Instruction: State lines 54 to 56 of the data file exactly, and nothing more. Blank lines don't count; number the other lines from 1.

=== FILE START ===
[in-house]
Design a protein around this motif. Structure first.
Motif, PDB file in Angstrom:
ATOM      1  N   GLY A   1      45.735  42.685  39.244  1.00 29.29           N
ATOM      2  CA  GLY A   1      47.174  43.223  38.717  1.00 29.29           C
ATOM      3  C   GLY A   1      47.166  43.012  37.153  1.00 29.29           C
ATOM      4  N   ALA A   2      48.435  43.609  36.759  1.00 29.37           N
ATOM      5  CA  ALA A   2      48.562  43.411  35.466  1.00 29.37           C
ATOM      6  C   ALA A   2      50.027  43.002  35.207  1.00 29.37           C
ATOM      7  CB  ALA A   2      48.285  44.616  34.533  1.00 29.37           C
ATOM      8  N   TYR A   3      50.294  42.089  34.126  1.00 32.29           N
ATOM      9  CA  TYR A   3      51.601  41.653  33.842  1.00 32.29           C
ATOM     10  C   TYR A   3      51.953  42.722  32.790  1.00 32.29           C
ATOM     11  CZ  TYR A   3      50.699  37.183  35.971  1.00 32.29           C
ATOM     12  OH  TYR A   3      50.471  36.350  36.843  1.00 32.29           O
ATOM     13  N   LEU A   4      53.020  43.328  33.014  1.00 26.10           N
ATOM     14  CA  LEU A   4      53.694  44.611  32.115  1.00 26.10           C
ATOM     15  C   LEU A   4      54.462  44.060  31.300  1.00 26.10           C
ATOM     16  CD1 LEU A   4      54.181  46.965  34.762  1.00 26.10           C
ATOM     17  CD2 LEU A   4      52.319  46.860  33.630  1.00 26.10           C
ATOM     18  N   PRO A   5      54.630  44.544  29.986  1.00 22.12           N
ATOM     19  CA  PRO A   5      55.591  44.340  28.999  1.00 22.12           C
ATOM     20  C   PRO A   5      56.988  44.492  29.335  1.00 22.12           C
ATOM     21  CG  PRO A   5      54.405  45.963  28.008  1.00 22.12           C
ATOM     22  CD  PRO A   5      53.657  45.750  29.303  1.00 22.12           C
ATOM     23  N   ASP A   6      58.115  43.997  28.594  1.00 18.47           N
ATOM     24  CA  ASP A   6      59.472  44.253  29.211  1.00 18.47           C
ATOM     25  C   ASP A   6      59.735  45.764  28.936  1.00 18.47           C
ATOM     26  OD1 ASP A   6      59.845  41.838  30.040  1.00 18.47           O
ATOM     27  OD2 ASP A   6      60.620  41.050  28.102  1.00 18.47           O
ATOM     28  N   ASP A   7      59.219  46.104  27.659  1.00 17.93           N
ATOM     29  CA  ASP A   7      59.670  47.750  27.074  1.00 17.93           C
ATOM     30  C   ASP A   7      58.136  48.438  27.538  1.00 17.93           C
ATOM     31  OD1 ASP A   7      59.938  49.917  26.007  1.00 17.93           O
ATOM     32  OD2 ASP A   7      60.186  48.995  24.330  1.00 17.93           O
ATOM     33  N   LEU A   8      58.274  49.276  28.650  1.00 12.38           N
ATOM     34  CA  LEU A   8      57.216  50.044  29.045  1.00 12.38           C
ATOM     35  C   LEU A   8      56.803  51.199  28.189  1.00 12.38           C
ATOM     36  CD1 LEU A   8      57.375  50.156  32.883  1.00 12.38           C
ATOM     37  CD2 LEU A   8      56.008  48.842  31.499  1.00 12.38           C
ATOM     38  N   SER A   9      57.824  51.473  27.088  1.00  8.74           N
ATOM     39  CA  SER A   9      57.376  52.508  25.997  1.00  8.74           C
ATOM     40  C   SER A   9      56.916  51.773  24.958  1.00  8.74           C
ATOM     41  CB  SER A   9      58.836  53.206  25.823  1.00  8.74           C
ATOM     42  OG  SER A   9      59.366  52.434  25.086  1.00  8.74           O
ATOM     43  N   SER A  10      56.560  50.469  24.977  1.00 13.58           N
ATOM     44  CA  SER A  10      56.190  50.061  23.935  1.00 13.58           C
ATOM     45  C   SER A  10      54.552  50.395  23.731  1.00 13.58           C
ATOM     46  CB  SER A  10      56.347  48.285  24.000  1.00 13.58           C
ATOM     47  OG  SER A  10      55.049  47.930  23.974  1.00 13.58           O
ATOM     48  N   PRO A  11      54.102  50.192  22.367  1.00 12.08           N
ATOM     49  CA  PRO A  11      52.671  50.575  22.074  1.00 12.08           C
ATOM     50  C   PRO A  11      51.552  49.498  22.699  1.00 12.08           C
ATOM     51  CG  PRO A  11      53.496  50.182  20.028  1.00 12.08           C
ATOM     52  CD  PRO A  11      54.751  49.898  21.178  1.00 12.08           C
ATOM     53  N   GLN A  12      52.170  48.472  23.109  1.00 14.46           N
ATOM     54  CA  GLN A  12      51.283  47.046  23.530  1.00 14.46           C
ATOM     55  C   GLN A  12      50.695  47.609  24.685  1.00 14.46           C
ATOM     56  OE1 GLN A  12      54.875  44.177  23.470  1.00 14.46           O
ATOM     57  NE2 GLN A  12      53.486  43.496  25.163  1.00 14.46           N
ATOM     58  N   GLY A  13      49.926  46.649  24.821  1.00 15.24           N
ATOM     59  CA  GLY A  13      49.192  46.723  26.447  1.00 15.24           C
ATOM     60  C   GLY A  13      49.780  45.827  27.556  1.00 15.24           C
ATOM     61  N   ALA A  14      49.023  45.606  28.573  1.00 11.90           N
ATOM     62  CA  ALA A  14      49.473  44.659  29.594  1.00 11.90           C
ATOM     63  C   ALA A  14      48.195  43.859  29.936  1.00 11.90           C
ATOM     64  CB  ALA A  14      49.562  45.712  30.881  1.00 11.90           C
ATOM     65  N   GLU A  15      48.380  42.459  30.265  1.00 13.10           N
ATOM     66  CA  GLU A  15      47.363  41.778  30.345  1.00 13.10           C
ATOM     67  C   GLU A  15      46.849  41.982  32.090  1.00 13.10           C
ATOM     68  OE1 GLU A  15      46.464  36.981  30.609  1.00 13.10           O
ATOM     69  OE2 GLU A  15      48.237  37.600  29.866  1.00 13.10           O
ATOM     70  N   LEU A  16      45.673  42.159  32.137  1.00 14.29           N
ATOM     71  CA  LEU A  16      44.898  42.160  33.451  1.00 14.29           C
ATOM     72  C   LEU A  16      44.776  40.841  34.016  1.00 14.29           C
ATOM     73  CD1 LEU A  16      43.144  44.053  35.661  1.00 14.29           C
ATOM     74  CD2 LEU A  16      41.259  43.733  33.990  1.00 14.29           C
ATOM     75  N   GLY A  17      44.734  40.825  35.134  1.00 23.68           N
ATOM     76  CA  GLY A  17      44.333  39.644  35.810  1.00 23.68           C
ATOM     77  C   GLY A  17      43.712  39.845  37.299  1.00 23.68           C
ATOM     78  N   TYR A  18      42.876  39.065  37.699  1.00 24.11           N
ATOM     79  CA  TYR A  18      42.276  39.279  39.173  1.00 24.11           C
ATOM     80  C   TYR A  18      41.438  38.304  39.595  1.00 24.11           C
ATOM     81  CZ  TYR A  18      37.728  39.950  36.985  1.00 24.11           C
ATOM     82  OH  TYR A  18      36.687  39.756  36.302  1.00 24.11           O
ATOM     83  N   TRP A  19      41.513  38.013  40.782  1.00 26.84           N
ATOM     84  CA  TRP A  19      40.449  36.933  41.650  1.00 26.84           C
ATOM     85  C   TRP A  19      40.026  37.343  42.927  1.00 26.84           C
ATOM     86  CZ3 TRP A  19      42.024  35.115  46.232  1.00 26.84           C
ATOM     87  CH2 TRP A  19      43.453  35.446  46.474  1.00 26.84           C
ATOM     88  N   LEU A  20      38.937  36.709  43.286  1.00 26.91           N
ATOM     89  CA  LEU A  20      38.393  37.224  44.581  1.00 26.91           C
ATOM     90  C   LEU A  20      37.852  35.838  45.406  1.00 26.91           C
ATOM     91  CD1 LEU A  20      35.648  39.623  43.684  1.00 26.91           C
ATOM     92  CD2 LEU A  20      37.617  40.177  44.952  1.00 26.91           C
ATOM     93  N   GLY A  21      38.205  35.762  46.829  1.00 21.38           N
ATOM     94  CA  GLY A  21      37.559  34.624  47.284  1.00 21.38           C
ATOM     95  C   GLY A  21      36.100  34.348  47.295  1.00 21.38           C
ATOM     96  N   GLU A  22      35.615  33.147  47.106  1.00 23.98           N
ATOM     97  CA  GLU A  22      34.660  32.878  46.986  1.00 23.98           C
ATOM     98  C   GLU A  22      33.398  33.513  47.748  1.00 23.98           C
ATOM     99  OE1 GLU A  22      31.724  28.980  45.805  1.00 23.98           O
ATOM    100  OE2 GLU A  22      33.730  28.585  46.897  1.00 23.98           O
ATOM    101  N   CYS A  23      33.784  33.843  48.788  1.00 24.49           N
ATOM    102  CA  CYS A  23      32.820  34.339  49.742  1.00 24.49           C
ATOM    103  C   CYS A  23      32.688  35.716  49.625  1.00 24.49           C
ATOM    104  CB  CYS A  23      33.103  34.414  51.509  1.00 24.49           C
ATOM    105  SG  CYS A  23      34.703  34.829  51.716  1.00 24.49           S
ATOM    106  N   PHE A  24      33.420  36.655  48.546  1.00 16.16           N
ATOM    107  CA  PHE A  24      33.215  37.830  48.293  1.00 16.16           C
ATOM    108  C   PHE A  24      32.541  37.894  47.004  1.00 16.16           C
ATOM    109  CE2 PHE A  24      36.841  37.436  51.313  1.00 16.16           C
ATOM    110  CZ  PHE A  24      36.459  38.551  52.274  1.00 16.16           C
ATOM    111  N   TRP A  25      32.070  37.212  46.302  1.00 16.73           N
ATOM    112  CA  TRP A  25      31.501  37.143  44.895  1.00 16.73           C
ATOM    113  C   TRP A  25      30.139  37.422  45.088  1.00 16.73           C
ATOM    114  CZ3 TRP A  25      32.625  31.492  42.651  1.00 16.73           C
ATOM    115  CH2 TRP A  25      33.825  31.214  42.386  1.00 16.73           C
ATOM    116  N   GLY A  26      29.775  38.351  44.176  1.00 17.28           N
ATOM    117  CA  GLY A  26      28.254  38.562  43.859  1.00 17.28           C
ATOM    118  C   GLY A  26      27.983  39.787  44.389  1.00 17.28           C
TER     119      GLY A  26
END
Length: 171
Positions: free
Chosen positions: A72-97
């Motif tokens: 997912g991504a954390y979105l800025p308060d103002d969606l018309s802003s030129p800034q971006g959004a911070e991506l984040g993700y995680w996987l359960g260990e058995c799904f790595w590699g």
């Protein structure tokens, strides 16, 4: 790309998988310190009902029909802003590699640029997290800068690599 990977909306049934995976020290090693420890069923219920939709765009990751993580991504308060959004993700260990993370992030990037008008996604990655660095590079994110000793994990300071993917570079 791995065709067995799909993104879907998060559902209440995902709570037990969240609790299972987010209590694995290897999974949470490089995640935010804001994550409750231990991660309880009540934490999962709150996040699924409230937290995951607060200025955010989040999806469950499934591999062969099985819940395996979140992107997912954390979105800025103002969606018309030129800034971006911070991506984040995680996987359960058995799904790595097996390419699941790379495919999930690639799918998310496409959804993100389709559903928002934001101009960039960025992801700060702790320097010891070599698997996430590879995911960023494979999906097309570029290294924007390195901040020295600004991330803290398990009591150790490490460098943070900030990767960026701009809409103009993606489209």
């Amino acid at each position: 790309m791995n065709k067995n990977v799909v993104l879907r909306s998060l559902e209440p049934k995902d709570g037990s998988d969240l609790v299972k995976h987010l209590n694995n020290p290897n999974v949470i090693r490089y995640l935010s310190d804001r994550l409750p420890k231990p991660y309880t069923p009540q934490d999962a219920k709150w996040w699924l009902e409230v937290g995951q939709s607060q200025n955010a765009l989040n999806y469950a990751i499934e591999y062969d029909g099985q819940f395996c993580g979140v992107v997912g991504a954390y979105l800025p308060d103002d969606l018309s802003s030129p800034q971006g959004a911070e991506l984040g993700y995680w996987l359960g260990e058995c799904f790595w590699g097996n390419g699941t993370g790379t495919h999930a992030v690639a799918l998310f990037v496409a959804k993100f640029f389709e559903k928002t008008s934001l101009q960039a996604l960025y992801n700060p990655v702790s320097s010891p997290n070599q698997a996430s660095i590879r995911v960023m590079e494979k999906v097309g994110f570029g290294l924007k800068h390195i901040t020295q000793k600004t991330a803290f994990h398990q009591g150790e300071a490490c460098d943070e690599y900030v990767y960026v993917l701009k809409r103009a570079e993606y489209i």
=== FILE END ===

ATOM     51  CG  PRO A  11      53.496  50.182  20.028  1.00 12.08           C
ATOM     52  CD  PRO A  11      54.751  49.898  21.178  1.00 12.08           C
ATOM     53  N   GLN A  12      52.170  48.472  23.109  1.00 14.46           N